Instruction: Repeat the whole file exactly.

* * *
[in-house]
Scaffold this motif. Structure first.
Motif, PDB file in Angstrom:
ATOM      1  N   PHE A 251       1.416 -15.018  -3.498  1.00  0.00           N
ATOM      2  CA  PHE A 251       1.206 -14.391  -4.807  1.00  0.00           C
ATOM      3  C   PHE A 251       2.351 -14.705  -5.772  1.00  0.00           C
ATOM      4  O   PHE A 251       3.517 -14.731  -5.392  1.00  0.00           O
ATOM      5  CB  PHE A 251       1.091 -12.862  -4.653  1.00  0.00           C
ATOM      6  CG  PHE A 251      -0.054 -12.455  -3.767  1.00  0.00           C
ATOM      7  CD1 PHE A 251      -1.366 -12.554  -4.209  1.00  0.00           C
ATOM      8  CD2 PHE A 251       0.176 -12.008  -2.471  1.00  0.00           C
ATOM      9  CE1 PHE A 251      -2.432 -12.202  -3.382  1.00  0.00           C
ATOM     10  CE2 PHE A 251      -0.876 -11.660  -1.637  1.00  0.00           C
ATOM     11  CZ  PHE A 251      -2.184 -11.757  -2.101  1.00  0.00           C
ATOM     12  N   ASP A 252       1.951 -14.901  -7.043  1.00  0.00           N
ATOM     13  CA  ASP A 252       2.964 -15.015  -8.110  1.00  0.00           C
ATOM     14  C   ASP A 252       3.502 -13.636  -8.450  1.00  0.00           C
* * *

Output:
[in-house]
Scaffold this motif. Structure first.
Motif, PDB file in Angstrom:
ATOM      1  N   PHE A 251       1.416 -15.018  -3.498  1.00  0.00           N
ATOM      2  CA  PHE A 251       1.206 -14.391  -4.807  1.00  0.00           C
ATOM      3  C   PHE A 251       2.351 -14.705  -5.772  1.00  0.00           C
ATOM      4  O   PHE A 251       3.517 -14.731  -5.392  1.00  0.00           O
ATOM      5  CB  PHE A 251       1.091 -12.862  -4.653  1.00  0.00           C
ATOM      6  CG  PHE A 251      -0.054 -12.455  -3.767  1.00  0.00           C
ATOM      7  CD1 PHE A 251      -1.366 -12.554  -4.209  1.00  0.00           C
ATOM      8  CD2 PHE A 251       0.176 -12.008  -2.471  1.00  0.00           C
ATOM      9  CE1 PHE A 251      -2.432 -12.202  -3.382  1.00  0.00           C
ATOM     10  CE2 PHE A 251      -0.876 -11.660  -1.637  1.00  0.00           C
ATOM     11  CZ  PHE A 251      -2.184 -11.757  -2.101  1.00  0.00           C
ATOM     12  N   ASP A 252       1.951 -14.901  -7.043  1.00  0.00           N
ATOM     13  CA  ASP A 252       2.964 -15.015  -8.110  1.00  0.00           C
ATOM     14  C   ASP A 252       3.502 -13.636  -8.450  1.00  0.00           C